TMRs are commonly fed to dairy animals because they provide all the nutrients the cow needs in one go. The volatility of feed raw materials in terms of both availability and price, is putting increasing pressure on dairy units. High quality and nutritionally balanced feed must be delivered to the animal to achieve optimal levels of performance.
Any wasted feed represents a big cost to the producer directly and indirectly (extra labour required to remove refused feed, lower outputs). So, ensuring feed is eaten by the cows is vital. But how can the nutritional quality of TMR be maintained, especially during the warmer months of the summer?
Jan-Hendrik Puckhaber is an expert on TMR. Together with his wife, they run a 180-head dairy herd in north-east Germany milked by three robotic milkers. We asked Jan-Hendrik for the latest information about feeding TMR, especially as we move into the warmer summer months in the northern hemisphere.
1. What are the most common nutritional problems you see on dairy farms?
Dry matter intake (DMI) is the key to avoid most nutritional problems. You have to stabilize the DMI especially during high temperature and high humidity weather conditions. Failure to stabilize the TMR leads to heating in the forage, a reduction in feed quality and a sharp fall in DMI.
2. Why are the higher temperatures of the summer months a problem when feeding TMR?
When the temperatures rise, you have less time from exposing silage to oxygen to the growth of Yeasts and Molds - it is much shorter than in colder winter times. The “Bad Bugs” can roughly double their growth rates when the temperature rises 10 degrees. We see this in less stable silage and TMR - a TMR that’s stable in winter or spring will heat up quickly in Summer. The weather and humidity of the barn environment are key components when it comes to heating of TMR.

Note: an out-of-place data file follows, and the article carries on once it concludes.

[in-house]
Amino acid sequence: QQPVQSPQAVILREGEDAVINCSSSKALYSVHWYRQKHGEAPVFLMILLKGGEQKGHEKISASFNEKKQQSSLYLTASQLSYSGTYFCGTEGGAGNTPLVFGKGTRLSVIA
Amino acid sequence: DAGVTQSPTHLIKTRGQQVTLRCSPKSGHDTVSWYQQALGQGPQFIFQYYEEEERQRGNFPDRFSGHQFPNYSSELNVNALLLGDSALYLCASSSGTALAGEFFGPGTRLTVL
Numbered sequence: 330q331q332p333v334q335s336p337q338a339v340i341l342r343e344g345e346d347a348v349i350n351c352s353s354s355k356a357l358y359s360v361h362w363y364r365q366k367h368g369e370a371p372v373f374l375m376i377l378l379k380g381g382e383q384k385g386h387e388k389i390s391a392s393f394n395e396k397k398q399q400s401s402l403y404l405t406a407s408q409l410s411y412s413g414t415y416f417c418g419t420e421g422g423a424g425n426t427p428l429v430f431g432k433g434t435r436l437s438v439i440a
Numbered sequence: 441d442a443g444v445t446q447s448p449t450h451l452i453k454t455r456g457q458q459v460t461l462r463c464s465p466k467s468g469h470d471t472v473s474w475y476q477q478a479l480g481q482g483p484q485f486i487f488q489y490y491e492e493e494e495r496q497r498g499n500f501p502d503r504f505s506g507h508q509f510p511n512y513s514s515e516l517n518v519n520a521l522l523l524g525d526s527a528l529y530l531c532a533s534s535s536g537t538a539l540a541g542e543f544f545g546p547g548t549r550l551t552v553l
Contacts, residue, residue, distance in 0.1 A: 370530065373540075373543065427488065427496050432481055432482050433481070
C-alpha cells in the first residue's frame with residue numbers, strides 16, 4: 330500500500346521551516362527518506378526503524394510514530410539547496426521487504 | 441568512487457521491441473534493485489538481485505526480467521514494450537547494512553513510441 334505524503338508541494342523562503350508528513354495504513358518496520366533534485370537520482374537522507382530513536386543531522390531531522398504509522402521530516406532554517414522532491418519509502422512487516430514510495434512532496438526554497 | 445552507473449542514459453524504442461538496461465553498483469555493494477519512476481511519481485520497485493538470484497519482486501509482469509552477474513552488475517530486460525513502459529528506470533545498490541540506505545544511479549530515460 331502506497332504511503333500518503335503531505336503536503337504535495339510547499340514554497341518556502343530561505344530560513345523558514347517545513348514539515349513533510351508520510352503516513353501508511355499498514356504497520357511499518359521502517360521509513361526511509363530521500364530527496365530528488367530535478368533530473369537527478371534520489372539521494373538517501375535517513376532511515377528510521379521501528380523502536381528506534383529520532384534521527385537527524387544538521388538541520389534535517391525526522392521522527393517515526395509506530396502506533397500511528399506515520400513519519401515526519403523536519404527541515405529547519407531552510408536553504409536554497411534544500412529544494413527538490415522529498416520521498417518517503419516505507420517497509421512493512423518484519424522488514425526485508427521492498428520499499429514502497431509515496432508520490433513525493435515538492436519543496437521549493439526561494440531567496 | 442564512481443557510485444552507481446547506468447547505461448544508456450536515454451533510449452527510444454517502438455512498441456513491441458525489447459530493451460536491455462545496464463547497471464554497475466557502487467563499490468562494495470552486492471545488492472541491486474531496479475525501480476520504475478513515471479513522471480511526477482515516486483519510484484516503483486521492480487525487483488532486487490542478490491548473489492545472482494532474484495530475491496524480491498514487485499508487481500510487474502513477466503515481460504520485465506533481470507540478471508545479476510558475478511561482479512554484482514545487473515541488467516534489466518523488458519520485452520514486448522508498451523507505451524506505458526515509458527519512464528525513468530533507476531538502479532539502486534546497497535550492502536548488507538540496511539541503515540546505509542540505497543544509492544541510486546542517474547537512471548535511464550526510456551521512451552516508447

3. What causes the temperature of the TMR to rise when it is fed out?
After feed is out the silage it is exposed to oxygen and suddenly shifts from an anaerobic to an aerobic state. This allows unwanted and undesirable microorganisms like yeasts, molds and Enterobacteria to grow exponentially. These microorganisms rapidly double their numbers! When there are enough of them, the silage will first lose its taste (Cows realize this very fast), later it will heat up. When you add just little warm or already spoiled (contaminated) feed into your TMR you speed up this process, because the doubling rates start at much higher numbers.
4. How can you spot secondary heating in TMR? What are the key signs to look for?
The Cows tell the truth! At first, they will avoid to eat in the last hours before delivery of fresh TMR. Why eat a bad tasting TMR when you know that in 3-4 hours there will be fresh one arriving? But this leads a greater pH-level changes in the rumen because of more ‘slug feeding’ behaviour. When this gets worse cows reduce their DMI! Also, animals know where are “bad spots” along the feed bunk- and they avoid eating there.